The Way of No Way. 


Bruce Lee famously wore a medallion bearing the inscription: “Using no way as way; having no limitation as limitation.”

I first heard the words during a Tae Kwon Do class in my very early teens. They sounded mystical, almost, like they contained the greatest truths. I felt like understanding these words would instantly make me a master. My problem, unfortunately, was that I had no idea what they meant. 

Well, I learned. In my mid-20’s I joined a Muay Thai gym with a friend. I was excited to learn a new style with new techniques.

Stylistically, there are key differences between Tae Kwon Do and Muay Thai. The former is designed with long-reaching kicks in mind (most designed for disarmed soldiers fighting mounted cavalry). The latter, Muay Thai, is designed for close range. It’s designed to break bones and rupture organs with hard, pointed strikes (lots of knees and elbows). 

I was confident in the new gym, wih my old skills. Then, I had my first spar. It was against a guy whose skill was unquestionable. I still felt confident, though. I’d fought in Tae Kwon Do tournaments. I’d fought really skilled opponents. This guy would—

He floored me. Almost instantly.

The rest of the spar was me recovering, panicked, trying every technique I knew to overcome his aggressive and overbearing style. I got my ass kicked. Hard. And I left the gym wondering if I was a good martial artist at all. 

It was then that Bruce Lee’s words came back to me. Using no way as way. Having no limitation as limitation. 

Being a Tae Kwon Do practitioner, sparring only people of the same style, I fell into a trap without even knowing it. I didn’t think about knees and elbows because we didn’t train to use them. I didn’t think about leg kicks because they weren’t part of our repertoire. And I paid for this ignorance. Oh, how I paid. 

I got better as time went on, though I never could beat that first guy.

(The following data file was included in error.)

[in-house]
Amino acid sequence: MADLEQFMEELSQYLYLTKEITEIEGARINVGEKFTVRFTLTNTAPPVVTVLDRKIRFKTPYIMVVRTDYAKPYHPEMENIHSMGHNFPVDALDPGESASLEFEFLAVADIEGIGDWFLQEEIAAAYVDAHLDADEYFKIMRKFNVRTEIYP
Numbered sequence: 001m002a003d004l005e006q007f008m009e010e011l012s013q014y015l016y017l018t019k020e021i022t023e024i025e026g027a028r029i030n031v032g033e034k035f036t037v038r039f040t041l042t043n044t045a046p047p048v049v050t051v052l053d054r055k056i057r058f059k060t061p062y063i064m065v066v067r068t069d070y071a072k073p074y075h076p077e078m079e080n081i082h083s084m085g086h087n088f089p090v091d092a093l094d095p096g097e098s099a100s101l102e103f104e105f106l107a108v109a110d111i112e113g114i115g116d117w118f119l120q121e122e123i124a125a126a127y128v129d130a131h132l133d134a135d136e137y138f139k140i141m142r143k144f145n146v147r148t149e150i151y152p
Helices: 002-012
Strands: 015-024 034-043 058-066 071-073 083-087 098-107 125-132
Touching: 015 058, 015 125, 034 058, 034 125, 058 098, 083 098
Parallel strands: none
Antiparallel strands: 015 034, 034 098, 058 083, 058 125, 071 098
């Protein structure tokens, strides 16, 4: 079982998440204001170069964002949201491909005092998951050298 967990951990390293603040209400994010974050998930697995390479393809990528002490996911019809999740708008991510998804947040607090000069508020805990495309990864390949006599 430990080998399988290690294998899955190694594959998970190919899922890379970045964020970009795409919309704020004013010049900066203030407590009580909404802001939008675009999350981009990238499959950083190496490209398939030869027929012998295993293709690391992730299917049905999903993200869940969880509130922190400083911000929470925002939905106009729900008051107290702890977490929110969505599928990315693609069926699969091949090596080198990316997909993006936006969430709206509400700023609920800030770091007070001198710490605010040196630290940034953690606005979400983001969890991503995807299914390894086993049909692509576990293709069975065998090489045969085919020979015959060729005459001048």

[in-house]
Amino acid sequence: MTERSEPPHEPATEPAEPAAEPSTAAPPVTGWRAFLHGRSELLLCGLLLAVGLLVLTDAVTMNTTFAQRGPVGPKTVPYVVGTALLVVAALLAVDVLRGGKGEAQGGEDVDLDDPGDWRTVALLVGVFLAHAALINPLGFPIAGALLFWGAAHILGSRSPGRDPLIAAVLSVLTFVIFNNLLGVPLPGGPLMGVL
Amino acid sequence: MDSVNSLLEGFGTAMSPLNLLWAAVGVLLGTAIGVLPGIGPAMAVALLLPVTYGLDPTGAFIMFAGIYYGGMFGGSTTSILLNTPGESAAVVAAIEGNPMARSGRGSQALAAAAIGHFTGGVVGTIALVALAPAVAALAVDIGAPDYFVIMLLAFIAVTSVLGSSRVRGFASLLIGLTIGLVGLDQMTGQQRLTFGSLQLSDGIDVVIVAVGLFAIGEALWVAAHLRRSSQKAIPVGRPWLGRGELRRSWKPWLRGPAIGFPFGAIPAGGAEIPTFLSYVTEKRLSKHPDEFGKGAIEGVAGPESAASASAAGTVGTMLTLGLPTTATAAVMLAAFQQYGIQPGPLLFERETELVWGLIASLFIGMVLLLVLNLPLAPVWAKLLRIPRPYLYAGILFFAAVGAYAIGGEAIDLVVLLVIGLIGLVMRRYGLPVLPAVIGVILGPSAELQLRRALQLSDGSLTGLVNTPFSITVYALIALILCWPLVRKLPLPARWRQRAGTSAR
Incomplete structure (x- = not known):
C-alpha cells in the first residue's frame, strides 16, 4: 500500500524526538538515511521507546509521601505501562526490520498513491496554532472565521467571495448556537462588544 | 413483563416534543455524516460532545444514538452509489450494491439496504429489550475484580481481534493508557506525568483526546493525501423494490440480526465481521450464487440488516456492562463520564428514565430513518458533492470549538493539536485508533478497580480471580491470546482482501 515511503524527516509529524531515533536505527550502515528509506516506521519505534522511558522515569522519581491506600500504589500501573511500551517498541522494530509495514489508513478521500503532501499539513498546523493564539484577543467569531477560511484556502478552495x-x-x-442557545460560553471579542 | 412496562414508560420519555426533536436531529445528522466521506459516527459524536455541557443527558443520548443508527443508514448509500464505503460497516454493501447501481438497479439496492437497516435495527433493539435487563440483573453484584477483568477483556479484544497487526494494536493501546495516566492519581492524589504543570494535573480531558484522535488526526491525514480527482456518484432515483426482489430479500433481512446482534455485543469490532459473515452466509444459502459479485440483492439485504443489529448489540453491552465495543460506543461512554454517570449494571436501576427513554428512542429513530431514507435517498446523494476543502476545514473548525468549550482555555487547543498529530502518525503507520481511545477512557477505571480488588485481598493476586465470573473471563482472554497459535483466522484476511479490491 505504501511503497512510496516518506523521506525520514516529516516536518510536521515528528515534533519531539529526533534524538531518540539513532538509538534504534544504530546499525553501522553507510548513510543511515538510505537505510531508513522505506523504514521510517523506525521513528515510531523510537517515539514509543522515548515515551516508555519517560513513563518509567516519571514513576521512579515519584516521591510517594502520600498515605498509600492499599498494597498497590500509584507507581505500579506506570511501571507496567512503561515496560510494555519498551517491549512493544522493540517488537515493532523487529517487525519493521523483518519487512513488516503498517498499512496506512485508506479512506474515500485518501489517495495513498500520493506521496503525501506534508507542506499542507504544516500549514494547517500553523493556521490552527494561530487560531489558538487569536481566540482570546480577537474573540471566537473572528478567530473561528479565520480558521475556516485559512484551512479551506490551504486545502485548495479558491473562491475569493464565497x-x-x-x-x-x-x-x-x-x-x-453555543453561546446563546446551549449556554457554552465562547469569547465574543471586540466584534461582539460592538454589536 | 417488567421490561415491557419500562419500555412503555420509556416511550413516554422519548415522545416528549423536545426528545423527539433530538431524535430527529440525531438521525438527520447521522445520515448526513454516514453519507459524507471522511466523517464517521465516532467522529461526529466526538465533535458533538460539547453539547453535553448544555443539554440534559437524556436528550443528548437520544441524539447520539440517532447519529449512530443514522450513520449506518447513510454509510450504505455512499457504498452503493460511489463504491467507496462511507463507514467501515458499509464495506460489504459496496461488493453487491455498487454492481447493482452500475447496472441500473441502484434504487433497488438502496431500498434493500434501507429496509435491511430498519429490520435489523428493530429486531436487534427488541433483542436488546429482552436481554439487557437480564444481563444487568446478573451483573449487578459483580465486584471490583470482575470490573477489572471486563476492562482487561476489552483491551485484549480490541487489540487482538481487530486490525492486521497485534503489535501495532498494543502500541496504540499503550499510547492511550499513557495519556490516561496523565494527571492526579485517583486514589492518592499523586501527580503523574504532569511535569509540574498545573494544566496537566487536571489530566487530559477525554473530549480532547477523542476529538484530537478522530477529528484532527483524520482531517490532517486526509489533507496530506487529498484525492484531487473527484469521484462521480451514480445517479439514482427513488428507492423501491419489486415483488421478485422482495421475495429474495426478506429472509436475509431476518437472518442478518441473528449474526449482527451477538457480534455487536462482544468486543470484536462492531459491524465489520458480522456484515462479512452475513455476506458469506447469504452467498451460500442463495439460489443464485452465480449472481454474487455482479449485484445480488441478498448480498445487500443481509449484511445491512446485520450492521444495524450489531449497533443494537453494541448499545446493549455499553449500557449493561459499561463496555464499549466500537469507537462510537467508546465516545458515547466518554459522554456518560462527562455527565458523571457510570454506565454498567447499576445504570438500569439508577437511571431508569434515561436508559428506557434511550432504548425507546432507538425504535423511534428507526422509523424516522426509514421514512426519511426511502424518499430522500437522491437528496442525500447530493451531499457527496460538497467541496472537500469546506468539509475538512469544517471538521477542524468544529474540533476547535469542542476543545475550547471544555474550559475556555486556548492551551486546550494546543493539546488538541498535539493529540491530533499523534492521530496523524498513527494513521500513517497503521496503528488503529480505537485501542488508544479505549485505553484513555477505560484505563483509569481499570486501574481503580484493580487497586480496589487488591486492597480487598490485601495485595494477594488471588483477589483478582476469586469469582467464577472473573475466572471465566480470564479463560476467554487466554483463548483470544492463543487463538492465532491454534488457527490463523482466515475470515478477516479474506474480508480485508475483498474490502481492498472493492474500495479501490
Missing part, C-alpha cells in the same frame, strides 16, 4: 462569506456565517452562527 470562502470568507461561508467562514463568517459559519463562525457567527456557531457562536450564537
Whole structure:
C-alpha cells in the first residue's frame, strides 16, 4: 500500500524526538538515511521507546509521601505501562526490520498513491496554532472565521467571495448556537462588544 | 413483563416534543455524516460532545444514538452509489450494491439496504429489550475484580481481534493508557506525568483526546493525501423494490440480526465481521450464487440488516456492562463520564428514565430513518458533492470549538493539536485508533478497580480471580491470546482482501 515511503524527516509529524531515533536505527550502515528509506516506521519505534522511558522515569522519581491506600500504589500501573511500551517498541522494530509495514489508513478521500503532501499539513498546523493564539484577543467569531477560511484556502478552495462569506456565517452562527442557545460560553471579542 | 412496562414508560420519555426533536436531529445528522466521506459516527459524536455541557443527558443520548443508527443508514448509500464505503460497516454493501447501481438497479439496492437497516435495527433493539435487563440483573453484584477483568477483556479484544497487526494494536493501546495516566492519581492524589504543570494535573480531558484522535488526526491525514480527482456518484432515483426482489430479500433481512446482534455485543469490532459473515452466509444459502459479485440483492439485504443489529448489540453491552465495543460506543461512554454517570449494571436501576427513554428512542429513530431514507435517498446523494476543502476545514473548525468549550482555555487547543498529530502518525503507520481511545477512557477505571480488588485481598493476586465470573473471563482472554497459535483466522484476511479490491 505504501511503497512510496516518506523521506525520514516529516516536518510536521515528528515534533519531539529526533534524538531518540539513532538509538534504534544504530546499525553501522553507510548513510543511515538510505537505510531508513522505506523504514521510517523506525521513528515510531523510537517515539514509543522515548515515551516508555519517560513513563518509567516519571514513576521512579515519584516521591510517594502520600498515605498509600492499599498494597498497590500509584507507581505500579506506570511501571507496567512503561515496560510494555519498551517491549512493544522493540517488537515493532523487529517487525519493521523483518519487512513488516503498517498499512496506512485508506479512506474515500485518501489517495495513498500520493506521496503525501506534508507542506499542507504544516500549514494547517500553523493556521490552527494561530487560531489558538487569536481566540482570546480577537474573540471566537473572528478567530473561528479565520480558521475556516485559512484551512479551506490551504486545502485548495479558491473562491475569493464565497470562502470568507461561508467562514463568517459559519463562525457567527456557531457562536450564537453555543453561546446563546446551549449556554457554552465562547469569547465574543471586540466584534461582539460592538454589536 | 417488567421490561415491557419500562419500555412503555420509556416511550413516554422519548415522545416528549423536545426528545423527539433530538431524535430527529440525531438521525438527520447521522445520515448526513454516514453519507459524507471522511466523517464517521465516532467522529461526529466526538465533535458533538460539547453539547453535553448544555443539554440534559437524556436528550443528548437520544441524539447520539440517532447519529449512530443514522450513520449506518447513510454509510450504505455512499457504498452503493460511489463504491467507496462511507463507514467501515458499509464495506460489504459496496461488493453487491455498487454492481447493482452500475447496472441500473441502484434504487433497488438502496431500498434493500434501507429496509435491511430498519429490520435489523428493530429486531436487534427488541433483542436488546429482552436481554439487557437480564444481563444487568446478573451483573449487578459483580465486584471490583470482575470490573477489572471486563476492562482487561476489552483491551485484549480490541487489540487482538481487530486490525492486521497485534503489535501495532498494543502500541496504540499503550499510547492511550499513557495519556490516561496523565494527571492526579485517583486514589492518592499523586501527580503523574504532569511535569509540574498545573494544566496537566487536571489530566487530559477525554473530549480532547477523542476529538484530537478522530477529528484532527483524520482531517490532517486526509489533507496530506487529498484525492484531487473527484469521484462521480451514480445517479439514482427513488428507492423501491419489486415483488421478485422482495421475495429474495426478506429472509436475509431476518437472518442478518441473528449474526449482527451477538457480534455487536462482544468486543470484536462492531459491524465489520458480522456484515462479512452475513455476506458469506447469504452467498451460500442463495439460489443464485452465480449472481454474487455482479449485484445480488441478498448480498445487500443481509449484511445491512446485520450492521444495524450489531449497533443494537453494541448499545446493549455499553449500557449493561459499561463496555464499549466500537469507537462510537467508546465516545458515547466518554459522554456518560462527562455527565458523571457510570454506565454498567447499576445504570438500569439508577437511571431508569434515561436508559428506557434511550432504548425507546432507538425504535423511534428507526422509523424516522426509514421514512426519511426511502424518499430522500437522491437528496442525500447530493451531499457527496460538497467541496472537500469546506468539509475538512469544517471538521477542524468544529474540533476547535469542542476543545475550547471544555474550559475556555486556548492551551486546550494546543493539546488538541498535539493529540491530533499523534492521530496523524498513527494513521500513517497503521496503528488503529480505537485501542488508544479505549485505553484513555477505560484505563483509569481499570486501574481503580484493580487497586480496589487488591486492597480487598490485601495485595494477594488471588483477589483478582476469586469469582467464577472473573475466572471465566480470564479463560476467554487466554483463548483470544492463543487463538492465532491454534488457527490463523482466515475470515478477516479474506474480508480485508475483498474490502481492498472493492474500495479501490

(That guy later broke my nose. Now, this lesson is a constant, crooked fixture of reminding.)

I wish I could say that this lesson turned me into the next great martial artist of our time. It didn’t. It did something better. 

I have a deep appreciation now for the viewpoints and opinions of others. I have the modesty to know when I’m bested, and the wisdom to learn from who bested me. I can see past the limitations of myself, and I can see the deep truth in others’. 

It’s easy to get stuck into a single frame of thought. It’s easy to forget that there are other styles out there. Other cultures. Other people. Oher ways to do things. Other things to do. When you invest your time in one thing, you become very good at that thing. But you also become blind to everything else. 

Have myriad hobbies. Take risks. Do things that excite you, and also do things that scare you. Seek out “opponents” beyond your comfort zome and learn from them. By doing this, you absorb things you may have never considered, and those things may just make you all the better. 

You’ll never be able to go through life in one lane. Eventually, you’re going to have to take a turn. Either life will provide you with a reason, or you can choose the reason. 

Train to be flexible. Adaptability is a skill, and it can be honed. 

Use no way as way. Have no limitation as limitation. Learn to be as All, and you will be One. 

– R.

Thanks for reading! I hope you enjoyed this early-morning philosophy. Feel free to follow me on Facebook

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